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A few months back, I was walking around DesignerCon and something impossible caught my eye. It was a Star Wars Black Series figure, but something was off. This looked different. It looked, dare I say, too good. The face looked so much better than usual. The outfit somehow more detailed and interesting. Then I stepped back and realized the entire booth was just that. Action figures that look standard from afar, but up close, are customized and upgraded to a level any fan or collector can appreciate.
The figures were the work of 23-year-old San Diego resident Elliot Garnett, who has made a habit of improving off-the-shelf figures since the age of seven. “I initially used Sharpies and whatever I could find around the house to modify my action figures, but over time I gained knowledge and experience,” Garnett told io9 via email. “Now it’s reached a point where I am thankfully able to do this as a full-time job while I work toward the goal of moving to LA to work in the film industry.”
Working under the name Centerpoint Studios (see his amazing Instagram and Linktree at those links), Garnett makes figures and dioramas Star Wars fans only dream of. So io9 asked him to share some images and thoughts on each. Check them out.
“Working on Anakin broke new ground in my studio,” Garnett said. “Instead of a scratch-made digital sculpt, the face and head of Anakin is actually a scanned and digitally shrunk Hot Toys Anakin Skywalker head, which was then given new sculpted hair, and subtle facial modifications by me.”
Young Ahsoka Tano
“Also breaking new ground was this Ahsoka sculpt,” Garnett said. “The head itself was designed by @mjb_customs on Instagram. To size it perfectly for the Hot Toys Ahsoka, I scanned the neck and torso of the figure, and used that as a barometer to get the perfect size. On top of that, I scratch-designed an internal articulation system so the head was able to port into the original socket on the Hot Toys neck.”
“While Hasbro did a great job replicating the Grand Inquisitor’s look in the Kenobi series, I needed a species-accurate version of the character for my collection. To accomplish this, I pulled references of the Pau’ans from Revenge of the Sith, and merged them with the Rebels look, bringing about the final product you see on the left.”
Baylan and Shin
“After climbing on board the Ahsoka hype train, Baylan and Shin were among the first projects I’d made for the series. The headsculpts and armor were also sculpted by @mjb_customs with sculpt modifications made by me before painting. The base for both Shin and Baylan were combinations of two figures. Baylan’s bases were Kylo Ren, with a Marvel Legends Wong skirt, and Shin used Bix from the Black Series Andor line, with Dark Rey arms.”
“After the Andor series premiered, I knew I had to work up a Cassian sculpt. My first choice was the bearded variant from the first three episodes of the series. The most difficult part of this project was surprisingly not the sculpt work. Instead, it was mixing a proper recipe for Diego Luna’s skin tone. Sometimes it’s pale, and other times it’s tan. It was an uphill battle but I’m happy with the final result.”
“Dexter is one of the first fully resin-printed figures I worked on. The torso and legs were printed in two parts, then the arms and head were all printed separately and ported onto the body after the full paint job. The original files are from @landspeederluke on Patreon, with sculpt modifications done by me on the head sculpt to increase character likeness.”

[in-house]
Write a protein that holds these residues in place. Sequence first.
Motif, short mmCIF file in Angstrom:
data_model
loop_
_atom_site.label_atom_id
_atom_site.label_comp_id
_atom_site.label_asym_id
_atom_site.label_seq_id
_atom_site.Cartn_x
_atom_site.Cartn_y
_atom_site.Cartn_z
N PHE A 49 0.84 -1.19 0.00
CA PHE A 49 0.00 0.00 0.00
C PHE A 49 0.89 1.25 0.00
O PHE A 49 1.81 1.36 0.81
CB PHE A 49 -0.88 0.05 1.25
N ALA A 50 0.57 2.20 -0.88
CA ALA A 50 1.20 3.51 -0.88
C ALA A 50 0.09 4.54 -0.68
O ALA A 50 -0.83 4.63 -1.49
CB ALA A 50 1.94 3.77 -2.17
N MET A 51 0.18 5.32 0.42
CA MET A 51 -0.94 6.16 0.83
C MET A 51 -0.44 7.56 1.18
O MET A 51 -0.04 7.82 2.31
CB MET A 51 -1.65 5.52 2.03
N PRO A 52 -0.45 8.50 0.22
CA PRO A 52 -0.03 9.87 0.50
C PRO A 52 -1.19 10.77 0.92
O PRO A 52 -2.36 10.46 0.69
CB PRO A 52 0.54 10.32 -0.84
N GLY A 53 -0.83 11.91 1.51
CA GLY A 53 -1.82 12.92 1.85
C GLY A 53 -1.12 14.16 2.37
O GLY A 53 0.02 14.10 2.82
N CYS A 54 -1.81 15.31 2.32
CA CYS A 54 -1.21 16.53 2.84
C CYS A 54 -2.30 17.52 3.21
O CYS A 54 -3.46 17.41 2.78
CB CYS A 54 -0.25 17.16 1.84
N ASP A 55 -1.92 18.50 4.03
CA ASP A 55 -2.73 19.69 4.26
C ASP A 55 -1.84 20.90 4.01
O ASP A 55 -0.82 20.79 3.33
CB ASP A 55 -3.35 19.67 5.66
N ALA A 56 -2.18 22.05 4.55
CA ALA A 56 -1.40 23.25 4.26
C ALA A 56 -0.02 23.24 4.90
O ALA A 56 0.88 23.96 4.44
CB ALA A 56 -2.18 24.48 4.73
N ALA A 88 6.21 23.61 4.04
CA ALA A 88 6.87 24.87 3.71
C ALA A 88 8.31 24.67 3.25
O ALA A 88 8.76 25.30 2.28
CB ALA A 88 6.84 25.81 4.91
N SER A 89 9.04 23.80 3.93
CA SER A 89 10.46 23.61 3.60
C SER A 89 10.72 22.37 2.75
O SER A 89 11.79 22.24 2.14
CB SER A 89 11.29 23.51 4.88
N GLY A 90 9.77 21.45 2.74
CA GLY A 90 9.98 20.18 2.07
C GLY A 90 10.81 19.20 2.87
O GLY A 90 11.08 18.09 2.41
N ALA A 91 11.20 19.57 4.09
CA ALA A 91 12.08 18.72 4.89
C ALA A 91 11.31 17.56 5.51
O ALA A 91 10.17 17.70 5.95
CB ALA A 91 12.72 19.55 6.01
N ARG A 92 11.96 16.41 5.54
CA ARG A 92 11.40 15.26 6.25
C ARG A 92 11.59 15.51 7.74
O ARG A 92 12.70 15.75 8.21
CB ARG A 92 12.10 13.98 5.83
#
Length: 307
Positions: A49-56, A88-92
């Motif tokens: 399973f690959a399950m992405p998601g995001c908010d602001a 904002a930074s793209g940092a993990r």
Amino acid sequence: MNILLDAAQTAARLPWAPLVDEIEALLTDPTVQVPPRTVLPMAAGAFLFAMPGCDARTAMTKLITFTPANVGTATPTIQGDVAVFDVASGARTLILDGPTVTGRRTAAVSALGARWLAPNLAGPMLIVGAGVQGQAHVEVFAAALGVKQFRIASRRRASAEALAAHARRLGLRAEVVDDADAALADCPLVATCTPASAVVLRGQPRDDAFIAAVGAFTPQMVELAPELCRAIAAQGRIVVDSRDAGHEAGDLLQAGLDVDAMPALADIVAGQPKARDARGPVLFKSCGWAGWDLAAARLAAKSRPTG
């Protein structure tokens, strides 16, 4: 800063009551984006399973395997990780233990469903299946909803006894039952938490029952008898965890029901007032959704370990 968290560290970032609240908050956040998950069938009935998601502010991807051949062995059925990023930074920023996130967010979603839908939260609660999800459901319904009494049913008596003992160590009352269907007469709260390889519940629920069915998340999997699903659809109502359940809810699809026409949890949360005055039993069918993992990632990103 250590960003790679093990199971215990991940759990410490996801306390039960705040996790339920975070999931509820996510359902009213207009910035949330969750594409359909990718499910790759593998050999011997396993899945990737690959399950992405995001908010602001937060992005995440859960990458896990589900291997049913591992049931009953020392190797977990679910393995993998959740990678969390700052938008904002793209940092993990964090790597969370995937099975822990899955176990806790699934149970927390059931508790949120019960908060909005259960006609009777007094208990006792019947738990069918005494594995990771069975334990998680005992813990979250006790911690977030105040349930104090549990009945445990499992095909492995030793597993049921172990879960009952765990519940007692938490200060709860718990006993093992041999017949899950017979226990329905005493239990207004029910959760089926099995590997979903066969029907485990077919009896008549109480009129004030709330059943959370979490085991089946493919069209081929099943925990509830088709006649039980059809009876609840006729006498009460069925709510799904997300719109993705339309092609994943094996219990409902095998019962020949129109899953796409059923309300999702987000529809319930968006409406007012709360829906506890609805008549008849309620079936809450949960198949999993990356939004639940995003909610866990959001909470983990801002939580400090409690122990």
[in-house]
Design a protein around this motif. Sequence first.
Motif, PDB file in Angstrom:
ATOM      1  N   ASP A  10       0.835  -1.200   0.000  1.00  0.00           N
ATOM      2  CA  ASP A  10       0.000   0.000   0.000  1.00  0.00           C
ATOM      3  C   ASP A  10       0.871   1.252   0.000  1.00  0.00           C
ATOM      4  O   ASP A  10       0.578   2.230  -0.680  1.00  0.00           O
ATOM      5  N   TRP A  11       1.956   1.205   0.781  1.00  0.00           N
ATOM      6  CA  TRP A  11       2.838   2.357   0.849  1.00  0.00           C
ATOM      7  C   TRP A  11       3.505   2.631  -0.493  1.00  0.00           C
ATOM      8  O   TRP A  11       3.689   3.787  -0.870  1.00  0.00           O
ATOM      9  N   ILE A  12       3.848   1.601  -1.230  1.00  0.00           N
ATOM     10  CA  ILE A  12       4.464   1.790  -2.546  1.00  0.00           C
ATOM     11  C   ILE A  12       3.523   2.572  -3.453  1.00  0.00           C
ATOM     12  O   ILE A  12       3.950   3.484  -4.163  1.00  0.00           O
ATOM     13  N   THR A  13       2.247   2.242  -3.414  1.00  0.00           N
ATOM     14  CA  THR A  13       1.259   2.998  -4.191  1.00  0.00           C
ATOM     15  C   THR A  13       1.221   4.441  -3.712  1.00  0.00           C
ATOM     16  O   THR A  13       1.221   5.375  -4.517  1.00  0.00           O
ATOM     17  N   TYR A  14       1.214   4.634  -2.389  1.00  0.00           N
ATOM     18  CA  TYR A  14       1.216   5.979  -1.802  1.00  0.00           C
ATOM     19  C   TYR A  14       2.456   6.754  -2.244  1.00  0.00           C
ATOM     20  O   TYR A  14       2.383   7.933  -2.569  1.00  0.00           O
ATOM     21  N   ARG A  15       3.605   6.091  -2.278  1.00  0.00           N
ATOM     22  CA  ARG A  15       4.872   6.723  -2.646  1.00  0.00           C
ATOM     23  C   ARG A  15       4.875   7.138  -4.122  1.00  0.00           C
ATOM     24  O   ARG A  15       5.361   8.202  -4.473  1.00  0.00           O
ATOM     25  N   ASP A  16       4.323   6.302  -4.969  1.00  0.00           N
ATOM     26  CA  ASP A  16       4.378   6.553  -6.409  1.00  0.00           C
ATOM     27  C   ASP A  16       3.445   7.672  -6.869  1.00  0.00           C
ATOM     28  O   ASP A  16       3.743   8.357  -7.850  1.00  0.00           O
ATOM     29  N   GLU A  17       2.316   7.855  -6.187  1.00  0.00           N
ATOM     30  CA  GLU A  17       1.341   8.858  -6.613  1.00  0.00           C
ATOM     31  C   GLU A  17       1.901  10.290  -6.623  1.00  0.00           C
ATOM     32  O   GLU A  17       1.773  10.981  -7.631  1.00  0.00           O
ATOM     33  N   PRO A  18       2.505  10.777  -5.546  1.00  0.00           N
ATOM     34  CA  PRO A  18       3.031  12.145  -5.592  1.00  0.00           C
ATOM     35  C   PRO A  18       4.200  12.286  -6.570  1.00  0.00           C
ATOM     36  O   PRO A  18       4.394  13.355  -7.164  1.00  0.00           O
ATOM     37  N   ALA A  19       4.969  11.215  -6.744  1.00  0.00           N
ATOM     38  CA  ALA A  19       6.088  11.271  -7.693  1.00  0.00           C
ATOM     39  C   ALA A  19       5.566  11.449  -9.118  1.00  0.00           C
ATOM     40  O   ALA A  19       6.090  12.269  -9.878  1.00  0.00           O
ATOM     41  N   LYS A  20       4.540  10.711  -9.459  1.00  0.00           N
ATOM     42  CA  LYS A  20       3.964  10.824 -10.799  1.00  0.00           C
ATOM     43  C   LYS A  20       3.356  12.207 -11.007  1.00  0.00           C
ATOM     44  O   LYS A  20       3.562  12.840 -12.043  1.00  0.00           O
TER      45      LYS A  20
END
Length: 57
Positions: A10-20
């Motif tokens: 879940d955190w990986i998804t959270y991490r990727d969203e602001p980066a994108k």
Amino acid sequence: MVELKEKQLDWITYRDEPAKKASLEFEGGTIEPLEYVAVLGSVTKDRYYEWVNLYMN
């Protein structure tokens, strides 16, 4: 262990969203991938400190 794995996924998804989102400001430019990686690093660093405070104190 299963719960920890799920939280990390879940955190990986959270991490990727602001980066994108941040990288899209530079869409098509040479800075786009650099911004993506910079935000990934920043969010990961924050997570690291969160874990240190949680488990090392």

“One of my more recent projects, and one I’ve held off making for a while, is Syril Karn, also from the Andor series. Every piece of armor as well as the head and hat are all fully resin printed. I collaborated with a few other artists on this project while modifying certain parts and scratch-sculpting others. The base parts for Syril were the torso of Bodhi Rook and the legs were from Figrin D’an. And Syril being Syril, I couldn’t resist sculpting a bowl of cereal for him.”
Flo waitress droid
“This one is another fully resin-printed figure. I couldn’t have Dex without Flo. For her, I bought life-size files for the waitress droid from @droiddivision on Instagram. From there, I digitally assembled the many pieces and fortified the sculpt itself for printing at 1:12 scale. Otherwise, the thin parts would be too fragile. After that she was fully painted first in a chrome, followed by her signature maroon, then detailing.”
Bo-Katan and Mando
“Back during the build-up of hype for the latest Mandalorian season, I decided to upgrade the headsculpt for Bo and create one for the MAFEX Mandalorian, who previously only came with the helmet. Facial hair is one of the more difficult parts of a face to paint, so I was pleasantly surprised with how Din’s turned out. In order to lock down Pedro Pascal’s skin tone, it took no less than three layers of pastel work.”
“This piece was designed with the base body of the Indiana Jones Adventure Series Hypnotized Indiana torso, and Black Series Aldhani Andor legs. The head, every single armor piece, and even the hands are designed in Blender and resin printed, with the armor printed in a rubber like resin for flexibility. Then all pieces were hand painted.”
“I’ve always loved the various aliens in Star Wars, so as soon as I saw the fishermen Quarren in the second Mandalorian season, I knew I had to make one. The head and hands were all scratch-sculpted digitally, and the hands were given pegs to fit right into the base figure’s arms with ease. The torso for the fisherman was taken from Figrin D’an (the same that donated its legs to Syril), its vest from a Rebel Feet trooper, and finally his legs from the Client. Then all parts were sanded to avoid paint rub, and given full repaints.”